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Pop culture, science fiction take over Albert Lea

Chapel Con returns for 2nd year with something for everyone

 

Those who attended Chapel Con Saturday and Sunday at Albert Lea City Arena were able to buy and view collectible items and see TV and movie celebrities.

To the stars, the event was a chance to give back to their fans.

Sam Jones, an actor for more than 40 years who played superhero science fiction figure Flash Gordon in the 1980 film “Flash Gordon,” said he enjoyed the close proximity he has with fans during Chapel Con. He participated in more than 40 such events last year around the world.

“I love it,” he said of the Albert Lea event. “This is a more intimate setting. That means we get to talk more, we get to engage more with the fans.”

Jones said his objective during the event was to “please the fans, because they’ve been saving up, traveling — they take the time to watch our movies.”

Jones said his favorite role is his starring role in the late 1980s TV show “The Highwayman.”

Sam Jones — known for his roles in “Flash Gordon” and “Ted,” among others — talks with fans Saturday during Chapel Con at Albert Lea City Arena. – Colleen Harrison/Albert Lea Tribune

“We got to film in the great outdoors of Arizona every day for six months,” he said. “Outdoors in the mountains, in the cactus, you name it. I got to dress up like road warrior Mad Max and drive a big, old 18-wheeler.”

The two-day event included Jones and fellow stars Christopher Mihm, Jayson Warner Smith, Joshua Mikel, Kiowa Gordon, RJ Mitte, Ryan Hurst, Charles Wright and Aaron Schwartz.

Classic magazines, comic books and games were on display. Cards, toys, classic farm signs and video games were some of the exhibits shown by the 120 vendors. Question-and-answer sessions took place throughout the weekend, and the event featured people in costumes portraying famous action figures and other popular culture characters and references.

RJ Mitte, who played Walter White Jr. on the hit show “Breaking Bad,” said he and organizer Gilbert Johnson Jr. are friends. Mitte also attended last year’s Chapel Con in Albert Lea.

“I know that the fans here really appreciate it, and it was such a great time the last time — I had to come back,” he said. “It’s such a great community down here in Albert Lea, so any time we can come and show support and say ‘hi’ to the fans, we’re always here.”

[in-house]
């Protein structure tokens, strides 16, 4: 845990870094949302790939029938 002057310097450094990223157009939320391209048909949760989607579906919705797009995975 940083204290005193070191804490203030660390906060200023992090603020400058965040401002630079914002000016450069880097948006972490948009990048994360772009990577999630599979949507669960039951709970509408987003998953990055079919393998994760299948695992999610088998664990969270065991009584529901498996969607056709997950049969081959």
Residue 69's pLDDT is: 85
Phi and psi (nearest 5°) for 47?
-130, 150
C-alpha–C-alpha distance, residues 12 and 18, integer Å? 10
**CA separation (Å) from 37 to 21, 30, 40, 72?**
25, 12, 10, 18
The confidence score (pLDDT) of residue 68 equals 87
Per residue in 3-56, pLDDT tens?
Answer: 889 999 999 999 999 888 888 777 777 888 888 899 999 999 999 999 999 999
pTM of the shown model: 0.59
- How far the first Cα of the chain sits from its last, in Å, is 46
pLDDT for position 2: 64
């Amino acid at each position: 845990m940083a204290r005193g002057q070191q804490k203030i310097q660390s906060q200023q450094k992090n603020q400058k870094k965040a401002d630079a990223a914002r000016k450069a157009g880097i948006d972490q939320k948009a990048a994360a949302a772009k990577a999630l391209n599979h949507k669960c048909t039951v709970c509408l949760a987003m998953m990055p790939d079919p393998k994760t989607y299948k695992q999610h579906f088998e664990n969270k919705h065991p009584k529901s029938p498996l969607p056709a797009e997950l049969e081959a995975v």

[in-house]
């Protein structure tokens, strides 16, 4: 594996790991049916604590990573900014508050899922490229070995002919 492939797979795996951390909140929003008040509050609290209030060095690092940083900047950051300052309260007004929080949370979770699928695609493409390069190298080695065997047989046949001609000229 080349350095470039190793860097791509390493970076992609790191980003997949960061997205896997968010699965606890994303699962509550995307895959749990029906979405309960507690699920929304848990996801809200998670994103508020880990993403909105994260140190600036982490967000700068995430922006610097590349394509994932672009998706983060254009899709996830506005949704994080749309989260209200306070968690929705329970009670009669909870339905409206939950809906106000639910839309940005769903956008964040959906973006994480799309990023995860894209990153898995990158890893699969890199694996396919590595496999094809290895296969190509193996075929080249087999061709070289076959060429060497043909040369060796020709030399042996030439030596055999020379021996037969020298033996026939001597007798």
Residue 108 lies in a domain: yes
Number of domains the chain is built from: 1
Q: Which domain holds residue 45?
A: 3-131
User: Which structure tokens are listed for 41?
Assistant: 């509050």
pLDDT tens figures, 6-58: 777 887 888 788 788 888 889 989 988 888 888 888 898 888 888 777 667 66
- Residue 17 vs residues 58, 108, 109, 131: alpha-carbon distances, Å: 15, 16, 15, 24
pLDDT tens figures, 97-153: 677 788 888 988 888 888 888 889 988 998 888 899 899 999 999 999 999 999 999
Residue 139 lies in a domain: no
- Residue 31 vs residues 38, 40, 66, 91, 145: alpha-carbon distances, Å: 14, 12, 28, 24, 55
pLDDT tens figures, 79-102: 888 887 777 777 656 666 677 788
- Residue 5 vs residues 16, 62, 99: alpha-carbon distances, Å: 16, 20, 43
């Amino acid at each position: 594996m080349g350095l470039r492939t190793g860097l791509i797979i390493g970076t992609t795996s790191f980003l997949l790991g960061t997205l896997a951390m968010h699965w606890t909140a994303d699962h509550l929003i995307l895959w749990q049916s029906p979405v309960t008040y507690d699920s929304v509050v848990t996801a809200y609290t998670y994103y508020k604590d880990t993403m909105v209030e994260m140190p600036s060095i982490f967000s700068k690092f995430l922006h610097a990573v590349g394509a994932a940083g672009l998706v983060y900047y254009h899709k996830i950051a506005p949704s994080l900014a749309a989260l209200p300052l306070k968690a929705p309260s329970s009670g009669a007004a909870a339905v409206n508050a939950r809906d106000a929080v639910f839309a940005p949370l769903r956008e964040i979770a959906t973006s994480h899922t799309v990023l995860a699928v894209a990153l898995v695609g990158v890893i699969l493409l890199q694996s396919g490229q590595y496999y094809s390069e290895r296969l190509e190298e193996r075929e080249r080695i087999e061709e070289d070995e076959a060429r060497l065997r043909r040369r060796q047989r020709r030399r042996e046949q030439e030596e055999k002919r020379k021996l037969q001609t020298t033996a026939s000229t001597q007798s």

Mitte said he planned to have conversations with fans about his role in “Breaking Bad” and other topics.

“It’s super special,” he said.

A little girl dances with a functioning replica of R2D2 from the “Star Wars” movies during Chapel Con. – Colleen Harrison/Albert Lea Tribune

Johnson, owner of The Chapel Comics & Collectibles Shoppe in Albert Lea, said he personally invested $140,000 into this year’s Chapel Con. He hoped to at least match last year’s attendance — 3,500 to 4,000.

“If you don’t do it a second time right away, you’re never going to do it again, so whether or not the first year is a 100 percent success, you need to do it again if you’re going to get it to keep going,” he said.

“It’s just about getting bigger and better every year.”

Patrick Anderson, owner of Mankato-based comic store Double Play, had a booth including new comic books and other items.

“Gilbert did an awesome job of setting everything up, and we really want to support small, local community events like this so that you don’t have to go to Chicago or San Diego to be able to have a good time and check out pop culture,” Anderson said.

Thomas Erickson of Albert Lea said he attended Chapel Con because his family was volunteering at the event.

“I’m just out here looking to see what they have, just hanging out,” he said.

Erickson said though he’s aware that such events are larger in other cities, he thought the Albert Lea event was “perfect.”

“It’s a little small, but it’s got everything anybody will ever need,” he said.

Matthew Dvorak of Minnesota Lake said he enjoyed the atmosphere, costumes, guests, comics and games at Chapel Con.

“It’s cool,” he said. “It brings a lot of people to the community. It keeps the place lively.”

Johnson thanked the estimated 45 Chapel Con volunteers for their work.

“Our volunteers are a great support for us,” he said. “Without them, we couldn’t do a show like this. There’s no way. The amount of support that way is always phenomenal.”

Comic book artist Brent Peeples works on a piece during Chapel Con on Saturday. – Colleen Harrison/Albert Lea Tribune

About Sam Wilmes

Sam Wilmes covers crime, courts and government for the Albert Lea Tribune.

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